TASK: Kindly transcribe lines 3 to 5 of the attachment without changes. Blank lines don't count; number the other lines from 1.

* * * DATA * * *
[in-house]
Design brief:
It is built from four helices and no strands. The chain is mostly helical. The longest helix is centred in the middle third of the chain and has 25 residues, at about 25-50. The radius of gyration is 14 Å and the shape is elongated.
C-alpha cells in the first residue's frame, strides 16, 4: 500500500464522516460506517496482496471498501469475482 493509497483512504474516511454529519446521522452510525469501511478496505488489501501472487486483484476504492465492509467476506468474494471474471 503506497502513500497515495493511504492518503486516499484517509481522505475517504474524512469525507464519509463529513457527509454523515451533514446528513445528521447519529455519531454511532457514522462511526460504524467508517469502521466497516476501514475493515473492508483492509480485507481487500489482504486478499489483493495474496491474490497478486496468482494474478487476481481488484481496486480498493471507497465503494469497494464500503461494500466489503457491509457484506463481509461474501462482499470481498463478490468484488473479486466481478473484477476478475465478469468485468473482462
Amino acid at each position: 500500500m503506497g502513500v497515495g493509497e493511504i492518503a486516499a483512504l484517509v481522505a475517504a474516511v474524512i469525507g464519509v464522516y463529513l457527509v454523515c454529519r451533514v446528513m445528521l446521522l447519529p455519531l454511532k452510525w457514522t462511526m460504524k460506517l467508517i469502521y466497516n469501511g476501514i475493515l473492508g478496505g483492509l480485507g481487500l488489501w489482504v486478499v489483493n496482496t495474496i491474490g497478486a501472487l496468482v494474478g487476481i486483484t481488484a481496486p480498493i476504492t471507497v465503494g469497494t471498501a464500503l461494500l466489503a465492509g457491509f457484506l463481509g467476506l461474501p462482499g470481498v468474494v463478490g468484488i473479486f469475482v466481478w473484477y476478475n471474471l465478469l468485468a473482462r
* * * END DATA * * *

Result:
It is built from four helices and no strands. The chain is mostly helical. The longest helix is centred in the middle third of the chain and has 25 residues, at about 25-50. The radius of gyration is 14 Å and the shape is elongated.
C-alpha cells in the first residue's frame, strides 16, 4: 500500500464522516460506517496482496471498501469475482 493509497483512504474516511454529519446521522452510525469501511478496505488489501501472487486483484476504492465492509467476506468474494471474471 503506497502513500497515495493511504492518503486516499484517509481522505475517504474524512469525507464519509463529513457527509454523515451533514446528513445528521447519529455519531454511532457514522462511526460504524467508517469502521466497516476501514475493515473492508483492509480485507481487500489482504486478499489483493495474496491474490497478486496468482494474478487476481481488484481496486480498493471507497465503494469497494464500503461494500466489503457491509457484506463481509461474501462482499470481498463478490468484488473479486466481478473484477476478475465478469468485468473482462
Amino acid at each position: 500500500m503506497g502513500v497515495g493509497e493511504i492518503a486516499a483512504l484517509v481522505a475517504a474516511v474524512i469525507g464519509v464522516y463529513l457527509v454523515c454529519r451533514v446528513m445528521l446521522l447519529p455519531l454511532k452510525w457514522t462511526m460504524k460506517l467508517i469502521y466497516n469501511g476501514i475493515l473492508g478496505g483492509l480485507g481487500l488489501w489482504v486478499v489483493n496482496t495474496i491474490g497478486a501472487l496468482v494474478g487476481i486483484t481488484a481496486p480498493i476504492t471507497v465503494g469497494t471498501a464500503l461494500l466489503a465492509g457491509f457484506l463481509g467476506l461474501p462482499g470481498v468474494v463478490g468484488i473479486f469475482v466481478w473484477y476478475n471474471l465478469l468485468a473482462r